Sports events are big business. Whether it’s 10 teams or 100, youth or collegiate tournaments, club or professional events, sports meetings showcase cities and fill up hotel rooms.
These cities cater to certain sports and have become premier destinations for soccer, swimming, softball, baseball, bowling and ice sports.
In Tempe, Arizona, “triathlon is a huge market for us,” said James Tevault, director of sales for the Tempe Tourism Office. “But once you do triathlon, it also opens up the doors to those related markets, like swimming.”
Tempe is home to Tempe Town Lake, a man-made lake that stretches two miles along the dry Salt River. It’s in the middle of the city and surrounded by a network of trails, making it a major triathlon destination. The lake hosts two Ironman events every year, regularly welcomes USA Triathlon and recently held its first Major League Triathlon event.
That burgeoning triathlon market opened the door for Tempe Town Lake to welcome the 2018 USA Swimming Open Water National Championships, an event on which Tempe officials expect to bid for 2021 or 2022.
Arizona State University (ASU) in Tempe is another major draw for swimming. Retired Olympic swimmer Michael Phelps, the most decorated Olympian of all time with 28 medals, trained at ASU’s Mona Plummer Aquatic Complex under Bob Bowman, ASU’s head swim coach.
Mona Plummer has two pools, a diving well and stadium seating for 2,000, which makes it great for swimming, water polo, diving and synchronized swimming events.
ASU’s Sun Devil Fitness Complex offers another pool that works for smaller events or as overflow for meets at Mona Plummer. The Triathlon Business International Conference held clinics at the Sun Devil pool in January.
McClintock High School’s pool reopened in summer 2017 after a renovation that included a new competition pool that was made deeper and longer to accommodate diving and swim meets.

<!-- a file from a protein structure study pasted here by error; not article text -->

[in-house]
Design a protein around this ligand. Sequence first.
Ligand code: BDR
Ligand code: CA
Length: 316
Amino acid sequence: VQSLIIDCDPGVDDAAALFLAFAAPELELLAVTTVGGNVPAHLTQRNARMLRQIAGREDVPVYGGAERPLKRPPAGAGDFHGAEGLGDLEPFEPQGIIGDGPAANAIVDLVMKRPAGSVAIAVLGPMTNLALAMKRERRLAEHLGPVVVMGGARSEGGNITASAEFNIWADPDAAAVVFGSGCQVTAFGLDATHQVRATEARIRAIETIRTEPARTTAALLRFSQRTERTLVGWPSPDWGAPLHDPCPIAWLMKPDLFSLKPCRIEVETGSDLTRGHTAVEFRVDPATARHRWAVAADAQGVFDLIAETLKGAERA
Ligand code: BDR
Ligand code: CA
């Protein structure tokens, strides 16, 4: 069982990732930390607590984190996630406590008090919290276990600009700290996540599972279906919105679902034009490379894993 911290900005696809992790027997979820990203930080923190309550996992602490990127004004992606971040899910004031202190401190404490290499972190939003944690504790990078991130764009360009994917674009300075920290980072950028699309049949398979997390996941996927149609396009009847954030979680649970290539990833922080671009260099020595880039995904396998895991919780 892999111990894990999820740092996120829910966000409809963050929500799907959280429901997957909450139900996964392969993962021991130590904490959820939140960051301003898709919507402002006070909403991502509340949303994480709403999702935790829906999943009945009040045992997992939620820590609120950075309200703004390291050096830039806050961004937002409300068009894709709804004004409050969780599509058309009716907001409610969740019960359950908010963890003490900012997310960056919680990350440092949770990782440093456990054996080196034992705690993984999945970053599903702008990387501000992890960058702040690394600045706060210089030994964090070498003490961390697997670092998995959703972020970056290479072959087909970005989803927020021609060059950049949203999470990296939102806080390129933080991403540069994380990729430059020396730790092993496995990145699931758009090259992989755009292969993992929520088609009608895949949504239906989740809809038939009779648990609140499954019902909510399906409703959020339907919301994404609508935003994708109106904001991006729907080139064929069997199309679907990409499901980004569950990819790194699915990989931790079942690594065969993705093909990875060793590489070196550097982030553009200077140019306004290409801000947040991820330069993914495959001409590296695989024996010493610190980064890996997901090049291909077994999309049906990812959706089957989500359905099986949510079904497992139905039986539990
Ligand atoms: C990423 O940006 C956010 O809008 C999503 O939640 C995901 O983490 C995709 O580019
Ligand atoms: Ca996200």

Bentonville, Arkansas, enjoys international name recognition as the original hometown and current headquarters of Walmart, but it’s also known as a destination for softball and baseball.
The United States Specialty Sports Association (USSSA) named the Memorial Park baseball/softball complex its National Sports Complex of the Year in 2017, “which is a really big accomplishment,” said Luke Charpentier, sports tourism manager for Visit Bentonville.
Memorial Park has five lighted baseball fields, four lighted softball fields and four T-ball fields that can be used as nine softball fields for larger tournaments. The city recently converted four diamonds to turf infields, and the remaining five will be turfed by February 2020.
Memorial Park is home to Midwest Sports Productions’ Bentonville National Championship 12U-16U fast-pitch softball tournament every summer, which draws about 100 teams “and is probably part of the reason we’ve gotten the USSSA Complex of the Year honor,” Charpentier said. But part of the reason is community, from grounds crews who work to ensure the fields are ready to volunteers who hold cookouts.
Memorial Park and Phillips Park, which has five lighted baseball fields and two softball/T-ball fields, host Bentonville’s biggest softball and baseball events, such as the USSSA June Jam baseball tournament.
The Tiger Athletic Complex’s softball field can seat about 500 and, for the past several years, has welcomed the NCAA Division II Great American Conference softball championship in May as well as the Alvy Early Memorial Classic, a Division II preseason tournament that draws about 30 teams in February.
Fargo, North Dakota
The name Fargo may conjure images of the movie or the television show — or of ice hockey. And Fargo, North Dakota, along with its sister cities of West Fargo and Moorhead, Minnesota, have a lot of ice to offer for winter sports.
Organizers will soon have 18 sheets of ice, all within a 15-minute drive, said Kali Mork, director of sports for the Fargo-Moorhead Convention and Visitors Bureau.